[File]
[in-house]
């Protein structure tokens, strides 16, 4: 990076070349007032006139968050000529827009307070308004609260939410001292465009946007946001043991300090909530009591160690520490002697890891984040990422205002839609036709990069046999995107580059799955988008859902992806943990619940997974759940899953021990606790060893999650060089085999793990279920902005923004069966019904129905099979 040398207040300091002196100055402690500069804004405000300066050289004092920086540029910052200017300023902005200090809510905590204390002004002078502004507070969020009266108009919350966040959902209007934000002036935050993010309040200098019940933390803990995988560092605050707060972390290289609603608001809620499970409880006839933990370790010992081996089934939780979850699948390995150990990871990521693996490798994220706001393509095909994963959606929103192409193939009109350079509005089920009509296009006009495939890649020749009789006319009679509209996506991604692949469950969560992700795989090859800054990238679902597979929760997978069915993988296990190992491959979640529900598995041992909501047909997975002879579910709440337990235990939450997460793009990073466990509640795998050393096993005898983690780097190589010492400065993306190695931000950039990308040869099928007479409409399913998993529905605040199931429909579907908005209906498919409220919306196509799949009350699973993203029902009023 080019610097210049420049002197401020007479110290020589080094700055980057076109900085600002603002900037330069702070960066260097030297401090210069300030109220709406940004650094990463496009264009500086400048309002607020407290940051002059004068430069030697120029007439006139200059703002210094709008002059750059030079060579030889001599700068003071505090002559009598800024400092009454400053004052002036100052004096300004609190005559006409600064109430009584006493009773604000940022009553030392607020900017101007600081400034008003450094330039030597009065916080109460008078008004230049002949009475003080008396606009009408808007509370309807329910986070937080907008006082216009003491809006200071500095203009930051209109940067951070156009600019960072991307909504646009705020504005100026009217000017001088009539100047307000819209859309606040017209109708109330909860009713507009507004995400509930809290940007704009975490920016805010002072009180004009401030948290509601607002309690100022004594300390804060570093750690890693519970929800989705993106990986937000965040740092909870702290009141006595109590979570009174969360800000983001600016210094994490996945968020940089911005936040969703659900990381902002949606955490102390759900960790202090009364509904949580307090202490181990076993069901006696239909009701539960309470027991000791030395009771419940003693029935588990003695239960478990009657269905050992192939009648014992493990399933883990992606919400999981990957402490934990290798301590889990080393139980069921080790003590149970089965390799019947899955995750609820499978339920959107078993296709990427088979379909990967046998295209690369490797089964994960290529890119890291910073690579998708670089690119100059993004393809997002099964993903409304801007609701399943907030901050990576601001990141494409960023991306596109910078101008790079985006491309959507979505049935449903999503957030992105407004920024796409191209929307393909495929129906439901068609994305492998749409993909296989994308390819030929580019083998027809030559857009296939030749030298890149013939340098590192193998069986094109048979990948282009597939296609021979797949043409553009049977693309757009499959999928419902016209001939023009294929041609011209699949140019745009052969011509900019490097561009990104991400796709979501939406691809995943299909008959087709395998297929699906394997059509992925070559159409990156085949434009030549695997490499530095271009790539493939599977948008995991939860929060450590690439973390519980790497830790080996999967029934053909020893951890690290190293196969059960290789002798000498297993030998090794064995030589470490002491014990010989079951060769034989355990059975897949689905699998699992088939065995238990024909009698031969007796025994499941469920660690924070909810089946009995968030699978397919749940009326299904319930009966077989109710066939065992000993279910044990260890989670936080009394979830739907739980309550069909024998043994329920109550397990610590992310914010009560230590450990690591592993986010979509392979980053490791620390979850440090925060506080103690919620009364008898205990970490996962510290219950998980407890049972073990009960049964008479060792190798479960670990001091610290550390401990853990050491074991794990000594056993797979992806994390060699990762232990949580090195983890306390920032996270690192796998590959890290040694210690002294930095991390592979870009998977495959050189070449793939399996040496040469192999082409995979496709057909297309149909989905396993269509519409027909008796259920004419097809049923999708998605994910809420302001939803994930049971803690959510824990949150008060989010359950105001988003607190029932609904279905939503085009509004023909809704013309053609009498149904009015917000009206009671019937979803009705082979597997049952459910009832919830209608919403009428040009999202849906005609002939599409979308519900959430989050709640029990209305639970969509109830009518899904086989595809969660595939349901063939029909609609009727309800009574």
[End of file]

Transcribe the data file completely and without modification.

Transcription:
[in-house]
């Protein structure tokens, strides 16, 4: 990076070349007032006139968050000529827009307070308004609260939410001292465009946007946001043991300090909530009591160690520490002697890891984040990422205002839609036709990069046999995107580059799955988008859902992806943990619940997974759940899953021990606790060893999650060089085999793990279920902005923004069966019904129905099979 040398207040300091002196100055402690500069804004405000300066050289004092920086540029910052200017300023902005200090809510905590204390002004002078502004507070969020009266108009919350966040959902209007934000002036935050993010309040200098019940933390803990995988560092605050707060972390290289609603608001809620499970409880006839933990370790010992081996089934939780979850699948390995150990990871990521693996490798994220706001393509095909994963959606929103192409193939009109350079509005089920009509296009006009495939890649020749009789006319009679509209996506991604692949469950969560992700795989090859800054990238679902597979929760997978069915993988296990190992491959979640529900598995041992909501047909997975002879579910709440337990235990939450997460793009990073466990509640795998050393096993005898983690780097190589010492400065993306190695931000950039990308040869099928007479409409399913998993529905605040199931429909579907908005209906498919409220919306196509799949009350699973993203029902009023 080019610097210049420049002197401020007479110290020589080094700055980057076109900085600002603002900037330069702070960066260097030297401090210069300030109220709406940004650094990463496009264009500086400048309002607020407290940051002059004068430069030697120029007439006139200059703002210094709008002059750059030079060579030889001599700068003071505090002559009598800024400092009454400053004052002036100052004096300004609190005559006409600064109430009584006493009773604000940022009553030392607020900017101007600081400034008003450094330039030597009065916080109460008078008004230049002949009475003080008396606009009408808007509370309807329910986070937080907008006082216009003491809006200071500095203009930051209109940067951070156009600019960072991307909504646009705020504005100026009217000017001088009539100047307000819209859309606040017209109708109330909860009713507009507004995400509930809290940007704009975490920016805010002072009180004009401030948290509601607002309690100022004594300390804060570093750690890693519970929800989705993106990986937000965040740092909870702290009141006595109590979570009174969360800000983001600016210094994490996945968020940089911005936040969703659900990381902002949606955490102390759900960790202090009364509904949580307090202490181990076993069901006696239909009701539960309470027991000791030395009771419940003693029935588990003695239960478990009657269905050992192939009648014992493990399933883990992606919400999981990957402490934990290798301590889990080393139980069921080790003590149970089965390799019947899955995750609820499978339920959107078993296709990427088979379909990967046998295209690369490797089964994960290529890119890291910073690579998708670089690119100059993004393809997002099964993903409304801007609701399943907030901050990576601001990141494409960023991306596109910078101008790079985006491309959507979505049935449903999503957030992105407004920024796409191209929307393909495929129906439901068609994305492998749409993909296989994308390819030929580019083998027809030559857009296939030749030298890149013939340098590192193998069986094109048979990948282009597939296609021979797949043409553009049977693309757009499959999928419902016209001939023009294929041609011209699949140019745009052969011509900019490097561009990104991400796709979501939406691809995943299909008959087709395998297929699906394997059509992925070559159409990156085949434009030549695997490499530095271009790539493939599977948008995991939860929060450590690439973390519980790497830790080996999967029934053909020893951890690290190293196969059960290789002798000498297993030998090794064995030589470490002491014990010989079951060769034989355990059975897949689905699998699992088939065995238990024909009698031969007796025994499941469920660690924070909810089946009995968030699978397919749940009326299904319930009966077989109710066939065992000993279910044990260890989670936080009394979830739907739980309550069909024998043994329920109550397990610590992310914010009560230590450990690591592993986010979509392979980053490791620390979850440090925060506080103690919620009364008898205990970490996962510290219950998980407890049972073990009960049964008479060792190798479960670990001091610290550390401990853990050491074991794990000594056993797979992806994390060699990762232990949580090195983890306390920032996270690192796998590959890290040694210690002294930095991390592979870009998977495959050189070449793939399996040496040469192999082409995979496709057909297309149909989905396993269509519409027909008796259920004419097809049923999708998605994910809420302001939803994930049971803690959510824990949150008060989010359950105001988003607190029932609904279905939503085009509004023909809704013309053609009498149904009015917000009206009671019937979803009705082979597997049952459910009832919830209608919403009428040009999202849906005609002939599409979308519900959430989050709640029990209305639970969509109830009518899904086989595809969660595939349901063939029909609609009727309800009574």